With not enough healthy competition they can afford to take their time over deals. That may in fact result in better decision making over investments in Europe. But it starves other parts of the eco-system of oxygen, namely the bidding tension required by entrepreneurs. That in turn leads to broken valuations for startups and, now and again, a brain drain to the U.S. as startups flee towards investors who will sneeze a cheque.
Now, while I could find literally noone who had any evidence of collusion amongst investors in Europe, there are what you might call “co-investment circuits” emerging.
The biggest of these, at least in heat if nothing else, is as I said Seedcamp Week in London, the culmination of the Seedcamp programme’s roaming of Europe for startups. This brings together Angels and VCs from across Europe in a hot-house environment. Despite the terms – 8-10% of your company for 50,000 Euros, thank you very much – the entrepreneurs I talk to who have been through the process appear to love it, if for nothing then the ridiculously high quality network it plugs you into.
Those startups that don’t like the Seedcamp model in terms of the high stake probably don’t need it. Some investors that don’t like to coinvest with Seedcamp occasionally carp from the sidelines, in the sort of downbeat Euro way that we’ve come to expect, although some may have a point.
There remains a question in the air about whether syndicates are established and winners of competitions are flagged privately between players, before they are announced which is a hard to pin down issue and something that could well routinely happen across any startup competition across Europe.
But where there is Seedcamp on one hand, one must recognise that oranges are not the only fruit. In Europe other startups programmes have emerged like the very interesting HackFwd, The Difference Engine, StartupBootcamp and others.
But the reality is that Seedcamp have played a very smart game and completely outwitted many competitors. As one observer put it to me: “Everyone hates Chelsea for signing the best players.”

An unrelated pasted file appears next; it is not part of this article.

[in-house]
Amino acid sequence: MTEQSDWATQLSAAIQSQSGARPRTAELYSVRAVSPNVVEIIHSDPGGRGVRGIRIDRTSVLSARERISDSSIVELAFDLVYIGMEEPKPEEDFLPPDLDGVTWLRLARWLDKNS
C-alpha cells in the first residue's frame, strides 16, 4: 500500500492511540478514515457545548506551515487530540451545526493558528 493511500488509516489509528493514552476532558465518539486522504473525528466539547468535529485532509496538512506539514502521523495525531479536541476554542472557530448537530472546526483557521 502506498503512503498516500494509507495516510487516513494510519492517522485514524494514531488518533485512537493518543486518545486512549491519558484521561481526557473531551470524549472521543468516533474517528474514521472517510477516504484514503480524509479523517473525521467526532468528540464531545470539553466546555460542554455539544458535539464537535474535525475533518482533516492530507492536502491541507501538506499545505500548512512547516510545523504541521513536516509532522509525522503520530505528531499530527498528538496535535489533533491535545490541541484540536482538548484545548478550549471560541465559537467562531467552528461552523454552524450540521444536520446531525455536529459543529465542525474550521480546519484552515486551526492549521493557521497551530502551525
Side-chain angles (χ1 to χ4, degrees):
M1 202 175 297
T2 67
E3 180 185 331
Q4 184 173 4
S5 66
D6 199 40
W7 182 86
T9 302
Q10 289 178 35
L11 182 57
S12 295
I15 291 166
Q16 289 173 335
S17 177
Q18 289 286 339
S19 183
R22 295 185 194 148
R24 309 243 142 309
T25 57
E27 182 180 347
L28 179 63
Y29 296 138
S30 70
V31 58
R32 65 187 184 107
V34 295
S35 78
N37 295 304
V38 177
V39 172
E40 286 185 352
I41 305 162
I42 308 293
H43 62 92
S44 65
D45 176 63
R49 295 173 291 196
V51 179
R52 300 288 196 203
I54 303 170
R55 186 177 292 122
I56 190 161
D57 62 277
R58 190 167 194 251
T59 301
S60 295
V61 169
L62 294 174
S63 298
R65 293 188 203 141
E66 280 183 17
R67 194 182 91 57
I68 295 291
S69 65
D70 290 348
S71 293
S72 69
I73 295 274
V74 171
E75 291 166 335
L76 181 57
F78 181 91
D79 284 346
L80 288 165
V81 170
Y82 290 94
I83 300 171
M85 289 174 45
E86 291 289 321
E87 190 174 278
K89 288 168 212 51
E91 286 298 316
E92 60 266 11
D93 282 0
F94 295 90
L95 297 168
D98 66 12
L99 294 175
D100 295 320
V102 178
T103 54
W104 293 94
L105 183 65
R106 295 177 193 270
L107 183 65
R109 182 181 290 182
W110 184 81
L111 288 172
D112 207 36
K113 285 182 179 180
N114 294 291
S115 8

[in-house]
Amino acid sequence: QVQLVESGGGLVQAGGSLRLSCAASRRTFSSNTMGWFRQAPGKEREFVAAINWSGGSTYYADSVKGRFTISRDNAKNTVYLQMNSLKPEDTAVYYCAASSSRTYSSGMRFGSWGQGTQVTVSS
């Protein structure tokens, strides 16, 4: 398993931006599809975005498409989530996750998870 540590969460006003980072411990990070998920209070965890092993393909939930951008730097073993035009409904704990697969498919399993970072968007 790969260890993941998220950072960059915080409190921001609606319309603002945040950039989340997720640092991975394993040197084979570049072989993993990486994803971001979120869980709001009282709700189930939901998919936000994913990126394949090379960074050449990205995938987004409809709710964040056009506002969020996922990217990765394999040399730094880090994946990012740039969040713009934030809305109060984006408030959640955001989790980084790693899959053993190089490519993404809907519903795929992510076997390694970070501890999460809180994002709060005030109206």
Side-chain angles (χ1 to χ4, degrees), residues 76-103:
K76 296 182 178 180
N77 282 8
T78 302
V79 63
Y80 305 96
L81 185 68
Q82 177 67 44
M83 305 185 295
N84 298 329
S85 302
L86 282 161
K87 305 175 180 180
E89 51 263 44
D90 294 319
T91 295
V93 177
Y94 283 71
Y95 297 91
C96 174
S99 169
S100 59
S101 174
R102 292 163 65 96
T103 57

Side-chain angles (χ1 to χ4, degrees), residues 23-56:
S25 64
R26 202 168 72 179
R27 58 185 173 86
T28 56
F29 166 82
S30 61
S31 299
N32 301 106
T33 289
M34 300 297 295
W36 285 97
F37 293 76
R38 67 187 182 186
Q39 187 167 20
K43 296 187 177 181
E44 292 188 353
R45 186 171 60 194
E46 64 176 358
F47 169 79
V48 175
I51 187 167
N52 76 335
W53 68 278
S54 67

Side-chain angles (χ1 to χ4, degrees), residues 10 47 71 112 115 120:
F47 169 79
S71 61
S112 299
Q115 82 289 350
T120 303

So what we have in Europe is not so much collusion, but Kingmakers and Gatekeepers.
In fact, the more you look at it, Europe resembles not capitalism, but feudalism: City states (London, Berlin, Paris etc), Kings (VCs), Barons (Angels, super or not), Knights (Entrepreneurs) and Surfs (engineers).
And whereas feudal kings got restless and were rewarded with new lands and booty by raiding into foreign territory, today’s modern European VC appear (apart from a small minority) happy to sit in their castles.
Collusion? Conspiracies? If only they were so active!
In fact, this is probably why people like Dave McClure, Fred Wilson and other US investors get such a big welcome in Europe when they visit. They have an international reputation, don’t stand on ceremony, show massive enthusiasm and want to go as fast as the European entrepreneurs that get it.
One of the underlying problems is this: If a VC fund is big enough to have a decent management fee paid by their LPs (2% of smaller funds may not be enough to pay a full team/staff/overheads), then a VC can afford to avoid that tedious business of having to deal with entrepreneurs and live off the management fees.
There have simply not been enough profits or decent returns made in last few decades of EU VCs to bring in any decent “carry” on deals (other than maybe Index, Accel and Balderton). Not enough VCs are being made to make money from performance. Instead they are making cash from fees, and not delivering return for investors. No wonder so many VCs found it hard to raise new funds from LPs last year, huh.
Lastly, to quote a tweet from Hamburg-based VC Paul Jozefak: “Catching up on #angelgate! Gosh darn, why does EU always have to trail the Valley on everything! We don’t get anything half as entertaining”
UPDATE: Robin Klein disagrees with me. For my part I guess I am just reflecting what the entrepreneurs I’ve spoken to have told me, but of course it’s not possible to speak to everyone. Sure the best companies get invested, but I think my point still stands: Europe is not a market where entrepreneurs can field multiple terms sheets in the way they can in the US, and although there is investor competition, there is not enough, and certainly not enough to get to a point where investors may need to band together to fix the market. But we’re all grown ups and I daresay there are plenty of quiet dinners where people compare a few informal notes…